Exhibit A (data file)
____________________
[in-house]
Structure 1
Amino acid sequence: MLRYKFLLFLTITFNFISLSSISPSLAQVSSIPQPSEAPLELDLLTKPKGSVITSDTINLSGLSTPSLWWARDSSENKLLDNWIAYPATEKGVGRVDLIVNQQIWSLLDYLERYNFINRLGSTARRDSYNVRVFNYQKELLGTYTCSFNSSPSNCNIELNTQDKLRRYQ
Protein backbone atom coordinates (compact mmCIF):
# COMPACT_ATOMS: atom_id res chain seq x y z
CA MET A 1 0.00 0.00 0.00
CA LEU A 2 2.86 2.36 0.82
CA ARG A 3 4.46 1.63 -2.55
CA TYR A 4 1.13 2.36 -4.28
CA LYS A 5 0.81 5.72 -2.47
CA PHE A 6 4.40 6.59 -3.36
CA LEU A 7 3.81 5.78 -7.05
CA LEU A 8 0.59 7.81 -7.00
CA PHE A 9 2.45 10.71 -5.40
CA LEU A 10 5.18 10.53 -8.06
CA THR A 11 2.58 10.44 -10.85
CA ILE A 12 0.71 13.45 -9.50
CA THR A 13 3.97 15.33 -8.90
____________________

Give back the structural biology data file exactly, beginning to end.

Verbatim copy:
[in-house]
Structure 1
Amino acid sequence: MLRYKFLLFLTITFNFISLSSISPSLAQVSSIPQPSEAPLELDLLTKPKGSVITSDTINLSGLSTPSLWWARDSSENKLLDNWIAYPATEKGVGRVDLIVNQQIWSLLDYLERYNFINRLGSTARRDSYNVRVFNYQKELLGTYTCSFNSSPSNCNIELNTQDKLRRYQ
Protein backbone atom coordinates (compact mmCIF):
# COMPACT_ATOMS: atom_id res chain seq x y z
CA MET A 1 0.00 0.00 0.00
CA LEU A 2 2.86 2.36 0.82
CA ARG A 3 4.46 1.63 -2.55
CA TYR A 4 1.13 2.36 -4.28
CA LYS A 5 0.81 5.72 -2.47
CA PHE A 6 4.40 6.59 -3.36
CA LEU A 7 3.81 5.78 -7.05
CA LEU A 8 0.59 7.81 -7.00
CA PHE A 9 2.45 10.71 -5.40
CA LEU A 10 5.18 10.53 -8.06
CA THR A 11 2.58 10.44 -10.85
CA ILE A 12 0.71 13.45 -9.50
CA THR A 13 3.97 15.33 -8.90